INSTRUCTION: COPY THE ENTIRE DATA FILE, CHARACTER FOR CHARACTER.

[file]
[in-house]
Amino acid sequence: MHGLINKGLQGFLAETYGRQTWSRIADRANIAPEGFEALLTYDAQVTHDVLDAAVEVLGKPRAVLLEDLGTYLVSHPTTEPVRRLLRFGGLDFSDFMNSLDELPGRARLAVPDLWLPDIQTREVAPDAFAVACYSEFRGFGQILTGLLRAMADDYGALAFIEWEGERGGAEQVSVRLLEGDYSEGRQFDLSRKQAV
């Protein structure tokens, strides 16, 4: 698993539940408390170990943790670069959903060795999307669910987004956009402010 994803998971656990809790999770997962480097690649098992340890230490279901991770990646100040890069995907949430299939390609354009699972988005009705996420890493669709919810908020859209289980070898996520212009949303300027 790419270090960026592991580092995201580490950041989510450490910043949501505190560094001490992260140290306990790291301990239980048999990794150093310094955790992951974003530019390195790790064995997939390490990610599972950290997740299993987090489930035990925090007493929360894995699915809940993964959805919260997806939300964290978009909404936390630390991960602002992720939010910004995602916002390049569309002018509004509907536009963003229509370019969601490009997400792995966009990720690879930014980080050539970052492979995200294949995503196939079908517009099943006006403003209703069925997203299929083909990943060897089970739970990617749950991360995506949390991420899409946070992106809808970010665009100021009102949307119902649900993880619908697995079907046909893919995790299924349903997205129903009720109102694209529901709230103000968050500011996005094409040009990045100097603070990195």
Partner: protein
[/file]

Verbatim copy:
[in-house]
Amino acid sequence: MHGLINKGLQGFLAETYGRQTWSRIADRANIAPEGFEALLTYDAQVTHDVLDAAVEVLGKPRAVLLEDLGTYLVSHPTTEPVRRLLRFGGLDFSDFMNSLDELPGRARLAVPDLWLPDIQTREVAPDAFAVACYSEFRGFGQILTGLLRAMADDYGALAFIEWEGERGGAEQVSVRLLEGDYSEGRQFDLSRKQAV
């Protein structure tokens, strides 16, 4: 698993539940408390170990943790670069959903060795999307669910987004956009402010 994803998971656990809790999770997962480097690649098992340890230490279901991770990646100040890069995907949430299939390609354009699972988005009705996420890493669709919810908020859209289980070898996520212009949303300027 790419270090960026592991580092995201580490950041989510450490910043949501505190560094001490992260140290306990790291301990239980048999990794150093310094955790992951974003530019390195790790064995997939390490990610599972950290997740299993987090489930035990925090007493929360894995699915809940993964959805919260997806939300964290978009909404936390630390991960602002992720939010910004995602916002390049569309002018509004509907536009963003229509370019969601490009997400792995966009990720690879930014980080050539970052492979995200294949995503196939079908517009099943006006403003209703069925997203299929083909990943060897089970739970990617749950991360995506949390991420899409946070992106809808970010665009100021009102949307119902649900993880619908697995079907046909893919995790299924349903997205129903009720109102694209529901709230103000968050500011996005094409040009990045100097603070990195």
Partner: protein